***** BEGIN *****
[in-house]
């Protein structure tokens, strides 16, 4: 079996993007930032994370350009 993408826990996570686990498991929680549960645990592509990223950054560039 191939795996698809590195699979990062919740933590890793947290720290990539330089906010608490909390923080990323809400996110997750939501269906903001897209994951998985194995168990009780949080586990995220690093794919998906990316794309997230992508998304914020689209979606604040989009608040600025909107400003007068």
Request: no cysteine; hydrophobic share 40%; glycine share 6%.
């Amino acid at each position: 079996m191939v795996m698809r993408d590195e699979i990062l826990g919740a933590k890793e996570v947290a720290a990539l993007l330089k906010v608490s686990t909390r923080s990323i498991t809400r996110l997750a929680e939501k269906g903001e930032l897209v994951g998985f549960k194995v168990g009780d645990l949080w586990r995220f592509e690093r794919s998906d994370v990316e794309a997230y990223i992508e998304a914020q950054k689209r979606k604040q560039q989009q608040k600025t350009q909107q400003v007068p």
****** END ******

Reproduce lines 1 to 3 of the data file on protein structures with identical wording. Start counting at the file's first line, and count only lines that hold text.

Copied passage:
[in-house]
């Protein structure tokens, strides 16, 4: 079996993007930032994370350009 993408826990996570686990498991929680549960645990592509990223950054560039 191939795996698809590195699979990062919740933590890793947290720290990539330089906010608490909390923080990323809400996110997750939501269906903001897209994951998985194995168990009780949080586990995220690093794919998906990316794309997230992508998304914020689209979606604040989009608040600025909107400003007068």
Request: no cysteine; hydrophobic share 40%; glycine share 6%.